Explore the art of Quran recitation with Qurannama, an online platform that connects students with skilled teachers from Egypt. Through this opportunity, individuals can learn the 10 recognized methods of Qira’at, also known as the "readings" in Quran. To fully understand the significance of these 10 Qirat, it is important to note that each method is named after a renowned reciter of the Holy Quran. Enhance your understanding and skill in Quran recitation by joining Qurannama, to learn the 10 Qirat online.
How to learn ten qirat
The concept of Ten Qirats in the Quran refers to slight variations in pronunciation, letters, and Harakat. These differences are not like distinct voices or styles, but rather similar to variations between different copies of the Quran. To understand this concept, it is important to examine the historical context in which it emerged. During the time of the Prophet Muhammad (PBUH), many people were illiterate and spoke different dialects of Arabic based on their tribe. Similar to how English can vary between British and American dialects, these dialects of Arabic had slight differences in spelling and pronunciation, but the meaning remained unchanged.
Evolution of qirat
During the revelation of the Quran, the angel Gabriel (AS) came and recited the Quran to the Prophet of Allah who in turn recited it back to him in one dialect. The Prophet then requested the angel to increase the number of dialects and Gabriel did so until there were seven different dialects. These dialects were all the same in meaning but had variations in pronunciation.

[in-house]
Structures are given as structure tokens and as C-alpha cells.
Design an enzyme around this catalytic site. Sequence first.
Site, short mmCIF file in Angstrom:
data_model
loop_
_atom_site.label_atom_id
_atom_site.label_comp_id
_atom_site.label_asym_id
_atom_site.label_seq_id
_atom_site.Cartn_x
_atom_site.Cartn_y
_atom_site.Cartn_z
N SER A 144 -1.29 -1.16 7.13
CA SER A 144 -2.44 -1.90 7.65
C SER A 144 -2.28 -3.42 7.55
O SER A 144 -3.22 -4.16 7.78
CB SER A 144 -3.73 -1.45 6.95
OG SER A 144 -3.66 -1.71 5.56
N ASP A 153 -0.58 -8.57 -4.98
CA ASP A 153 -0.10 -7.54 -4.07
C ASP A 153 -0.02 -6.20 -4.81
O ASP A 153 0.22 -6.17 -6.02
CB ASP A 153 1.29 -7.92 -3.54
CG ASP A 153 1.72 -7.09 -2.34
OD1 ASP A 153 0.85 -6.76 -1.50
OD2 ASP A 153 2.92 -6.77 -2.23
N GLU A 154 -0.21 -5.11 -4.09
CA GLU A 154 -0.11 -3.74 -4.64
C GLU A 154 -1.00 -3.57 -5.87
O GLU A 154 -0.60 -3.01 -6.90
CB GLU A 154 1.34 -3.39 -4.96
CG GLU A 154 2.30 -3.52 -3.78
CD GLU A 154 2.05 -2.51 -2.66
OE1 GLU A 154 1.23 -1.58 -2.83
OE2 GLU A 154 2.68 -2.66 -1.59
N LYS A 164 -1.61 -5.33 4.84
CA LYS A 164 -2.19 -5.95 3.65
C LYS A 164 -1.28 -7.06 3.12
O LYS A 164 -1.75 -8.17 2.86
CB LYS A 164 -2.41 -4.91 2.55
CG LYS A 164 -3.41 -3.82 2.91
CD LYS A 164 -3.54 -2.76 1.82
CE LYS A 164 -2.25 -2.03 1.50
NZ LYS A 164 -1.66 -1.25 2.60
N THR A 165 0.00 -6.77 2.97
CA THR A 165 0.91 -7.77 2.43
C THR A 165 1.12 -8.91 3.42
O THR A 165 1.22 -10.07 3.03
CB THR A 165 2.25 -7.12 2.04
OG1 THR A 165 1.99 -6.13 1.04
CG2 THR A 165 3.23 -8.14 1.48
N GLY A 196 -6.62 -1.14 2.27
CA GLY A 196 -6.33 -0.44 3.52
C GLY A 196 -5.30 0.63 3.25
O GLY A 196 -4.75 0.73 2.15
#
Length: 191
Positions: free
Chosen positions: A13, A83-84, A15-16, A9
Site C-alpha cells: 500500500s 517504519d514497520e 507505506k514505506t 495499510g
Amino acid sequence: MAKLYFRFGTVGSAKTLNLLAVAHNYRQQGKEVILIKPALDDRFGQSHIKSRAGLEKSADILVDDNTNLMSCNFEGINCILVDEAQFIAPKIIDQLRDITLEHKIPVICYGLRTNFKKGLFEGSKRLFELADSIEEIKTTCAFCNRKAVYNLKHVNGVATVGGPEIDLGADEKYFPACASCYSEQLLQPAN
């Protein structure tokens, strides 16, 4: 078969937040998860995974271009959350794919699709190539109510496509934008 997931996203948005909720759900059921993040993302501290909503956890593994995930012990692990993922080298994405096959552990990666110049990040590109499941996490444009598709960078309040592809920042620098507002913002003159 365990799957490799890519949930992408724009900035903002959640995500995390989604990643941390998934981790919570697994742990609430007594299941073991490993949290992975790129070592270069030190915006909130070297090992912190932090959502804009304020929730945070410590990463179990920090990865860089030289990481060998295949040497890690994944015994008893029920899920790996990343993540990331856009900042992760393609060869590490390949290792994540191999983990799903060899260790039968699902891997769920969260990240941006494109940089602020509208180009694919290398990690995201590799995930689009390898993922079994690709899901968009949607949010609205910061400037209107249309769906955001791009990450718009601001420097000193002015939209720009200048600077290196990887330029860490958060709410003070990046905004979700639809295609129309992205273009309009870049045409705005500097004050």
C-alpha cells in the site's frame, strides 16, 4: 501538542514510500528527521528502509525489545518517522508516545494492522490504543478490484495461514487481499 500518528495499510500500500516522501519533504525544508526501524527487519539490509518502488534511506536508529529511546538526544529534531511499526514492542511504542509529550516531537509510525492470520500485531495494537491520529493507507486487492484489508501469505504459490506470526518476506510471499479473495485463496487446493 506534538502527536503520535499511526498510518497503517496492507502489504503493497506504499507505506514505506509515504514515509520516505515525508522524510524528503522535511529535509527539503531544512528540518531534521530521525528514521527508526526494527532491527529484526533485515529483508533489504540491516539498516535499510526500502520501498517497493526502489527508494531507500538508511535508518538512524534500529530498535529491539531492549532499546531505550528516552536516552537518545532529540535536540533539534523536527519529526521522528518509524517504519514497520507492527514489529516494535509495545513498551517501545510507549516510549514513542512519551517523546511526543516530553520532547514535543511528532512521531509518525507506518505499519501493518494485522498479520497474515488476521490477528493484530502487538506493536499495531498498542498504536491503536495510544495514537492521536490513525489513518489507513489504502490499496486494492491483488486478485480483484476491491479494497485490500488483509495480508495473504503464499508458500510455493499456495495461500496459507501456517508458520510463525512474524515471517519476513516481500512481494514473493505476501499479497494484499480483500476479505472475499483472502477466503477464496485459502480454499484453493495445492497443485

According to Hadith, the Prophet (PBUH) was commanded by Allah to recite the Quran to his people in one dialect, but he stated that his people were not capable of this. Gabriel then increased the number of dialects until it reached seven. The Prophet (PBUH) stated that whichever dialect the people recited, they would be correct.
Types of qirat
Mutawatir: This type of transmission has multiple, independent sources of authority that make it highly unlikely for errors to occur. It is also widely accepted by the scholars of that time.
- Nafi’ (d. 169/785)
- Ibn Kathir (d. 120/737)
- Abu ‘Amr ibn al-‘Ala’ (d. 154/762)
- Ibn ‘Amir (d. 154/762)
- ‘Asim (d. 127/744)
While not as widely transmitted as Mutawatir, this type of transmission still has a significant number of sources and is highly unlikely to contain errors.
- Abu Ja’far (d. 130/747)
- Ya’qub (d. 205/820)
- Khalaf (d. 229/843)